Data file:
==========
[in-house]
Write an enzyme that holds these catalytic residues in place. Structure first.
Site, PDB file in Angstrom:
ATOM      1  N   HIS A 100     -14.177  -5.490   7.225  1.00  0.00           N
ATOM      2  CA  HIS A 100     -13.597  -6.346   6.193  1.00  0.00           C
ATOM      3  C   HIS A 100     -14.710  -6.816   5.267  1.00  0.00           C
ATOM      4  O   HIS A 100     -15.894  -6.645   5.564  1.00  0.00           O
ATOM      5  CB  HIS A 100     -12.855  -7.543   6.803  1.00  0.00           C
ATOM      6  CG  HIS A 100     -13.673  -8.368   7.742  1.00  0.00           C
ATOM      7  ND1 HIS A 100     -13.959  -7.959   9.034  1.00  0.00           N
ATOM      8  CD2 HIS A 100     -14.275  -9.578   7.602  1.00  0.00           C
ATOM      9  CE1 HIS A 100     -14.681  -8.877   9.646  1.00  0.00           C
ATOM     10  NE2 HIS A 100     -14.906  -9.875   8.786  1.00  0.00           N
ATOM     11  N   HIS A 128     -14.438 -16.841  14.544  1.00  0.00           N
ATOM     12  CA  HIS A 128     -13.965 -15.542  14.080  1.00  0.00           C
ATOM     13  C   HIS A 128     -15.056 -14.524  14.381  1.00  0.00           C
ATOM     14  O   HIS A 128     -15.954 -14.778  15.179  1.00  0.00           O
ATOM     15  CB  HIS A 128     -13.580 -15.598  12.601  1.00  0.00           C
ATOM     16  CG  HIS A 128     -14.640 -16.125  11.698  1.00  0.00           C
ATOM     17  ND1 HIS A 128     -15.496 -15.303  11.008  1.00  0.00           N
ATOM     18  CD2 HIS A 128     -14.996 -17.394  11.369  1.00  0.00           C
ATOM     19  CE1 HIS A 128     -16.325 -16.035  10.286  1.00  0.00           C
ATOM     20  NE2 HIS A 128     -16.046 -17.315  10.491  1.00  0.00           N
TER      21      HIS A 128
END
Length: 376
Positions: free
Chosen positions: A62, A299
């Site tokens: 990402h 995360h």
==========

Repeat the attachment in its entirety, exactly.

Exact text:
[in-house]
Write an enzyme that holds these catalytic residues in place. Structure first.
Site, PDB file in Angstrom:
ATOM      1  N   HIS A 100     -14.177  -5.490   7.225  1.00  0.00           N
ATOM      2  CA  HIS A 100     -13.597  -6.346   6.193  1.00  0.00           C
ATOM      3  C   HIS A 100     -14.710  -6.816   5.267  1.00  0.00           C
ATOM      4  O   HIS A 100     -15.894  -6.645   5.564  1.00  0.00           O
ATOM      5  CB  HIS A 100     -12.855  -7.543   6.803  1.00  0.00           C
ATOM      6  CG  HIS A 100     -13.673  -8.368   7.742  1.00  0.00           C
ATOM      7  ND1 HIS A 100     -13.959  -7.959   9.034  1.00  0.00           N
ATOM      8  CD2 HIS A 100     -14.275  -9.578   7.602  1.00  0.00           C
ATOM      9  CE1 HIS A 100     -14.681  -8.877   9.646  1.00  0.00           C
ATOM     10  NE2 HIS A 100     -14.906  -9.875   8.786  1.00  0.00           N
ATOM     11  N   HIS A 128     -14.438 -16.841  14.544  1.00  0.00           N
ATOM     12  CA  HIS A 128     -13.965 -15.542  14.080  1.00  0.00           C
ATOM     13  C   HIS A 128     -15.056 -14.524  14.381  1.00  0.00           C
ATOM     14  O   HIS A 128     -15.954 -14.778  15.179  1.00  0.00           O
ATOM     15  CB  HIS A 128     -13.580 -15.598  12.601  1.00  0.00           C
ATOM     16  CG  HIS A 128     -14.640 -16.125  11.698  1.00  0.00           C
ATOM     17  ND1 HIS A 128     -15.496 -15.303  11.008  1.00  0.00           N
ATOM     18  CD2 HIS A 128     -14.996 -17.394  11.369  1.00  0.00           C
ATOM     19  CE1 HIS A 128     -16.325 -16.035  10.286  1.00  0.00           C
ATOM     20  NE2 HIS A 128     -16.046 -17.315  10.491  1.00  0.00           N
TER      21      HIS A 128
END
Length: 376
Positions: free
Chosen positions: A62, A299
């Site tokens: 990402h 995360h």